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Opinion

Opinion

Opinion: Cruel lesson likely first of many

February 24, 2013

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“The first kick I took was when I hit the ground.” Bruce Springsteen, “Born in the U.S.A.”

So now, Jonah has received a lesson in How Things Are. He is 19 months old.

Sitting on his mother’s lap on a recent Delta Airlines flight on approach to Atlanta, he was doing what babies tend to do on airplanes, particularly airplanes that are changing altitude. He was crying his little head off.

That’s when the man in the next seat allegedly told the mother to make the “nigger baby” shut up and slapped the baby with an open palm, leaving a scratch below his right eye. The man, 60-year-old Joe Rickey Hundley of Hayden, Idaho, denies this sequence of events and pleaded not guilty last week to a charge of simple assault. But at least one witness corroborates the story, as told by Jonah’s mother, 33-year-old Jessica Bennett. She and her husband are white. Their adopted son is African-American.

Hundley’s attorney, Marcia Shein, promises her client is no racist. In so doing, she embraces the cognitive dissonance that so often afflicts Americans when they are confronted with the ponderous idiocy of tribal hatred. Michael Richards, you will recall, said the same thing after a “comedy” routine in which he hurled the N-word at a heckler and suggested the man should be lynched. Mel Gibson swore he wasn’t an anti-Semite shortly after he cursed the Jews and accused them of starting all the world’s wars.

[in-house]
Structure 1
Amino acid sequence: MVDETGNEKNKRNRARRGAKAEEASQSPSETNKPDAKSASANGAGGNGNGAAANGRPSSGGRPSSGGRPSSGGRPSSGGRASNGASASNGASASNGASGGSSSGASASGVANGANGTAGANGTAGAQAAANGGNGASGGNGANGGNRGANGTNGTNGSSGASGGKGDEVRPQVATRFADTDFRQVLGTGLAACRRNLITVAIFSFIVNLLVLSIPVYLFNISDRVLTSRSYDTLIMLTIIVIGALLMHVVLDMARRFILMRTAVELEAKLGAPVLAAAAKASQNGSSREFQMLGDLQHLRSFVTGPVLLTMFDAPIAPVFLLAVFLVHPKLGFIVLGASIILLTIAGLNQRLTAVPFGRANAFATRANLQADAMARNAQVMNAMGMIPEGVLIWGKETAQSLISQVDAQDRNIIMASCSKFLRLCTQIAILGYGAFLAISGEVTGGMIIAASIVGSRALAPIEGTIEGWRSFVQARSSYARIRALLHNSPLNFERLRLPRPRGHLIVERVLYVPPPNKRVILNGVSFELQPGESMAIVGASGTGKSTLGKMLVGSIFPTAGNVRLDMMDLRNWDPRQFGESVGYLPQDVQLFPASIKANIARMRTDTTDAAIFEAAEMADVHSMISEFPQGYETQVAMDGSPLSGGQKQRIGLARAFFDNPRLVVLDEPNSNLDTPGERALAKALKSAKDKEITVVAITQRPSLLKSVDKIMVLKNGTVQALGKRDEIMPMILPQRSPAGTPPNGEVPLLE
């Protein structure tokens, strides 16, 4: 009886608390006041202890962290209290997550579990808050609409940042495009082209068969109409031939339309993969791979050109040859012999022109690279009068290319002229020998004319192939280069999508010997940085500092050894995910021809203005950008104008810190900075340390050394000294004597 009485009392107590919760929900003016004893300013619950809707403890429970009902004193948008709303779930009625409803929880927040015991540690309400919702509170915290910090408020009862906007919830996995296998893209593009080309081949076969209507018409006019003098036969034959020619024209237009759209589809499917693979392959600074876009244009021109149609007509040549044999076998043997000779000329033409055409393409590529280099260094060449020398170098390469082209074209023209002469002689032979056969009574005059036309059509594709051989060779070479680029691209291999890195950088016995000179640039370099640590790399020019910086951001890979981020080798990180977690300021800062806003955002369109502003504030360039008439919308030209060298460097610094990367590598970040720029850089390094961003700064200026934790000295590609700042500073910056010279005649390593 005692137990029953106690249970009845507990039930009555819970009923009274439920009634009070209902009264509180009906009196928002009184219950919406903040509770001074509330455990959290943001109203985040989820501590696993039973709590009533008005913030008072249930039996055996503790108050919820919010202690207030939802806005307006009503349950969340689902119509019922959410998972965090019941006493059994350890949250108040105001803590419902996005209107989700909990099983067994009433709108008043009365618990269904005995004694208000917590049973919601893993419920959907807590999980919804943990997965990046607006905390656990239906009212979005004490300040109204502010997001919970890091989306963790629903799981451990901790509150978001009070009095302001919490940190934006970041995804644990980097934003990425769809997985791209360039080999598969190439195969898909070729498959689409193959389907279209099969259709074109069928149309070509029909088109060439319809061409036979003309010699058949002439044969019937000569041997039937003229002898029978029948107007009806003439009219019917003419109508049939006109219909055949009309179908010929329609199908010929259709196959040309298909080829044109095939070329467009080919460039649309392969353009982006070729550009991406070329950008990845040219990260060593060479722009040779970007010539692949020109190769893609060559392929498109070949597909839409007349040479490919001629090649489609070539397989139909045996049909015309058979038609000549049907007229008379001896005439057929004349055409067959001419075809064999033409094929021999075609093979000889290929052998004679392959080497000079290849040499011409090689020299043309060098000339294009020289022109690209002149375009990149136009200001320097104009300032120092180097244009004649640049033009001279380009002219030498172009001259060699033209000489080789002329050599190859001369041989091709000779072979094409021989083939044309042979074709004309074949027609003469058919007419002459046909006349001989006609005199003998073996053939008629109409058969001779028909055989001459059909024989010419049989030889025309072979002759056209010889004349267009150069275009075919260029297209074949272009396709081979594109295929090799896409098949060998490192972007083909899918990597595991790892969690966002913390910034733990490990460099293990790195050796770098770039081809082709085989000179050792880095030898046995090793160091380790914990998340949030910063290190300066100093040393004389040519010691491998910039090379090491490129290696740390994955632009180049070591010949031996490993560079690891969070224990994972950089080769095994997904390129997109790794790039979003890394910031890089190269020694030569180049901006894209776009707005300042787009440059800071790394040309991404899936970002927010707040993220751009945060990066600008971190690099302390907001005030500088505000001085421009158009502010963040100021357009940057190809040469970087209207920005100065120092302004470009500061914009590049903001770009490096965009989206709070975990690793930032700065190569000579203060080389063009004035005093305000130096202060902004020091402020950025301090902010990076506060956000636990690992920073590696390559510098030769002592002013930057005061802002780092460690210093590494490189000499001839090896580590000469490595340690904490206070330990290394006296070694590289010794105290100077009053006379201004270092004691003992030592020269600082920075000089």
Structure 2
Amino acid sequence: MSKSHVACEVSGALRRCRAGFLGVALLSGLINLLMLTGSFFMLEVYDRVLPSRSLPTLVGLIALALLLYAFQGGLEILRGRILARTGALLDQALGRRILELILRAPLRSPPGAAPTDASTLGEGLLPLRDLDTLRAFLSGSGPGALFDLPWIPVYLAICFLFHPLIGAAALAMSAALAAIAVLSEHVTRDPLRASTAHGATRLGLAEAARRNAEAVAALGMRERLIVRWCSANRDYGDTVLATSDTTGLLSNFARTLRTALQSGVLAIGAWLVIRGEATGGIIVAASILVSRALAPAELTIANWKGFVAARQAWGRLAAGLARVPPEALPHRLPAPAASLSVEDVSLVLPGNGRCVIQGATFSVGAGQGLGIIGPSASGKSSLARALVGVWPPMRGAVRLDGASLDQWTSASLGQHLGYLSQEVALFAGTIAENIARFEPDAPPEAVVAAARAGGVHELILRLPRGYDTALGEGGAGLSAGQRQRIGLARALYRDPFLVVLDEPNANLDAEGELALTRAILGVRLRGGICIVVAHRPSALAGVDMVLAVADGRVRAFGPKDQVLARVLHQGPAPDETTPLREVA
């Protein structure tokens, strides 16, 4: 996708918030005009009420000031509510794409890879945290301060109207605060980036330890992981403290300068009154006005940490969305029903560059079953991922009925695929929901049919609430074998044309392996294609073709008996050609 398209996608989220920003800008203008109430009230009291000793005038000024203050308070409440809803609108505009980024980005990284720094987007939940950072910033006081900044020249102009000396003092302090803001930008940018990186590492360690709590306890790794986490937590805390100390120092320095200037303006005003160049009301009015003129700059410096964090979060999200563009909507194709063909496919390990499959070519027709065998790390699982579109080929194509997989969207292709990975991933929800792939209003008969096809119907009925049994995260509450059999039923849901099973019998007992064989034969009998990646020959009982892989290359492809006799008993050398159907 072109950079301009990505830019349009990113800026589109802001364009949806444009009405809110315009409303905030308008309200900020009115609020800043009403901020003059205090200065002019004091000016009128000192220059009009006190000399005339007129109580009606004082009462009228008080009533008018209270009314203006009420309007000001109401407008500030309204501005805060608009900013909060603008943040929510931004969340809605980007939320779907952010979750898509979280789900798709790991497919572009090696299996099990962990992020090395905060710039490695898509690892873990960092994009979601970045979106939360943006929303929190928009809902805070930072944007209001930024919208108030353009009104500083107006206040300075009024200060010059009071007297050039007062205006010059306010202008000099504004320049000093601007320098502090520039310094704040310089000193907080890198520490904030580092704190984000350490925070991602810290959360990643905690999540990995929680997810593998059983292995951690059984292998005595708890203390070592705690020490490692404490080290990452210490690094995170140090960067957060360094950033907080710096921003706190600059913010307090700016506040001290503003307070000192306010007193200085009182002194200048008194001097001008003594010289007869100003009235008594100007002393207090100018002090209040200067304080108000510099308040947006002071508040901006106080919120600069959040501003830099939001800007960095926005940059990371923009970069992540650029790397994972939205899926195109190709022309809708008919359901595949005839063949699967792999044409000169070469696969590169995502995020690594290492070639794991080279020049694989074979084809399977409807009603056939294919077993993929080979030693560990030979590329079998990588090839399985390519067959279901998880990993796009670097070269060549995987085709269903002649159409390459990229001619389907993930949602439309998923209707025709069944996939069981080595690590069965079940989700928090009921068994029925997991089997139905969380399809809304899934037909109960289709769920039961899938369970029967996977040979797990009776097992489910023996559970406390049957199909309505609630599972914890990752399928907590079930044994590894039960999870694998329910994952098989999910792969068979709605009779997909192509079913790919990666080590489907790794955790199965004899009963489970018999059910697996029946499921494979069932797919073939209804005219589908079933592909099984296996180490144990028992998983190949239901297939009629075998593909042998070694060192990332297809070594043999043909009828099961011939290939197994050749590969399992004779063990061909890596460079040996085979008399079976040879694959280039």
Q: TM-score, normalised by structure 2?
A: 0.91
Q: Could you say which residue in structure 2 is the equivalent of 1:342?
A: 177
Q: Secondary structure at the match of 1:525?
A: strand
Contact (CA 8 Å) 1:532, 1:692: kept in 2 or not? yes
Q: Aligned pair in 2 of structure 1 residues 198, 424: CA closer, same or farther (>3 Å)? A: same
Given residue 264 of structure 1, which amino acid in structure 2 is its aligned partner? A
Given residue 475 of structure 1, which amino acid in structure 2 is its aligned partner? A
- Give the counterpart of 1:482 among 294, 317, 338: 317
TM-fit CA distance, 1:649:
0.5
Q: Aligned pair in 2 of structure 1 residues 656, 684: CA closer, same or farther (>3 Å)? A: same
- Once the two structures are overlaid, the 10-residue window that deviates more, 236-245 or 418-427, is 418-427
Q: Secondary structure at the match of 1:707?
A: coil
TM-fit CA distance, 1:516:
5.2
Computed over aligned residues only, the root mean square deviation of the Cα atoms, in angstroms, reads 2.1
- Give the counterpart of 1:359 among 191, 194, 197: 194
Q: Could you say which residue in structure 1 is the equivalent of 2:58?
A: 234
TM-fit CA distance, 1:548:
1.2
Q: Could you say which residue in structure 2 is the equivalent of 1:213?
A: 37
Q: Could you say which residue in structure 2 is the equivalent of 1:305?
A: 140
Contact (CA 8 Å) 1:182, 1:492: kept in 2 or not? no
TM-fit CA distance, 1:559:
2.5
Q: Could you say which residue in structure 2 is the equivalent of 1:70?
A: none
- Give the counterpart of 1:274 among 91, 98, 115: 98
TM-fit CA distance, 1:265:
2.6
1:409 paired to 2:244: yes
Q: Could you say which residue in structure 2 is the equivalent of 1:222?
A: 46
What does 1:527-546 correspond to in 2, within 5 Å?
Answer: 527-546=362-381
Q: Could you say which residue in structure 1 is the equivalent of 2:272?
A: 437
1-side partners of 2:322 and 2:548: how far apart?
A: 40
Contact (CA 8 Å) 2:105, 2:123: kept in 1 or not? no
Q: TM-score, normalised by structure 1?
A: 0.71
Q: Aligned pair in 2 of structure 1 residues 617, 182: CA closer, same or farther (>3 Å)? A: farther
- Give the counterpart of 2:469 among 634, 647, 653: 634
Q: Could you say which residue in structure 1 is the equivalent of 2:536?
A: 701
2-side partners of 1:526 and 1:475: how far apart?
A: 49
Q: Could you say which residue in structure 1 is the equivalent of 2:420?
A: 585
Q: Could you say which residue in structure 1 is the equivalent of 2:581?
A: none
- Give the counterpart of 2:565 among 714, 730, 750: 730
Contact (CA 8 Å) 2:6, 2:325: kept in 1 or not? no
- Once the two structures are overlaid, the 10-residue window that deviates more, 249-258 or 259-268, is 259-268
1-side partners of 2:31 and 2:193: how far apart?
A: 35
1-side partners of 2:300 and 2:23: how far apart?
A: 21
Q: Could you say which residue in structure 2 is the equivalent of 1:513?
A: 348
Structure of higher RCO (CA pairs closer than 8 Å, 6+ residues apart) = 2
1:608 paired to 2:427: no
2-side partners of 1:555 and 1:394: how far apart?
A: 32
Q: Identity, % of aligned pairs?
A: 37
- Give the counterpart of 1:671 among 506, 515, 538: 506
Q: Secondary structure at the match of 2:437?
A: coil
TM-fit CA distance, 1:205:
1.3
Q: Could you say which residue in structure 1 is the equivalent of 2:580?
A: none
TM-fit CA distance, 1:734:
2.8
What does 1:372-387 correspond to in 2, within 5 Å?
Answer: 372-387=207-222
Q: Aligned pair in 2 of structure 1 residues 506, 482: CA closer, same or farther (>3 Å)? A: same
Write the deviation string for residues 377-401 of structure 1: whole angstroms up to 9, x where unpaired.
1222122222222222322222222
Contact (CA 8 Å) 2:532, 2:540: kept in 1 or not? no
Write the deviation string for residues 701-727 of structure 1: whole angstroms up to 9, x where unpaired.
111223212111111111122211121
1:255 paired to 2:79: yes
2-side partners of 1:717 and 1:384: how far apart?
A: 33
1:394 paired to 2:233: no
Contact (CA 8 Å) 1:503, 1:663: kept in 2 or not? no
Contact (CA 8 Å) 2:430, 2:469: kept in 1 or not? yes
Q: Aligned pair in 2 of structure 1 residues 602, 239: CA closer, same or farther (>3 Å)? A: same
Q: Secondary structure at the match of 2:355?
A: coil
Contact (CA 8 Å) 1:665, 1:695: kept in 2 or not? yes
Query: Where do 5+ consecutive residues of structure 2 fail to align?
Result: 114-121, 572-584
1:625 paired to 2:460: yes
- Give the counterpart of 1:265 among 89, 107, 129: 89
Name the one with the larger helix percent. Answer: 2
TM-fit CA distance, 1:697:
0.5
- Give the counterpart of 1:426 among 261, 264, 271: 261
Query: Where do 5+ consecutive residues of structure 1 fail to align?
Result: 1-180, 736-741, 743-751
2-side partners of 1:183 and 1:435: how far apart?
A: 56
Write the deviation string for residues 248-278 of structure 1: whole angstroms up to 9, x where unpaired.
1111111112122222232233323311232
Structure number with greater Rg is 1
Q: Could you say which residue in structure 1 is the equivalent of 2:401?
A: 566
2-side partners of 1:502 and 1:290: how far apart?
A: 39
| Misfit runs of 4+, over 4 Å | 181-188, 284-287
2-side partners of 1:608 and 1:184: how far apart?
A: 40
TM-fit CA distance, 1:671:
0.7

Shein also says she has received hate mail for defending Hundley. Which is troubling, but not unexpected. Shein’s client is among the more reviled men in the country just now. The aerospace company for which he was an executive has denounced and dumped him. The Internet rings with condemnation of him. Someone called him a monster. More than one person spoke of wringing Hundley’s neck had it been their child.

Small wonder. There is something visceral and immediate in what he is said to have done. Who hits a baby? Who looks at a baby and sees an object of loathing?

Still, all that notwithstanding, something about the response to this act of violence feels faintly facile and self-deluding. After all, Hundley’s alleged animus toward black people, if not his expression thereof, is as American as monster trucks, woven through the fabric of our law, economics, health care, education, news media and culture. We tend to forget that not every slap is physical — nor is every injury they inflict. There is violence and there is violence — emotional, verbal, intellectual, monetary.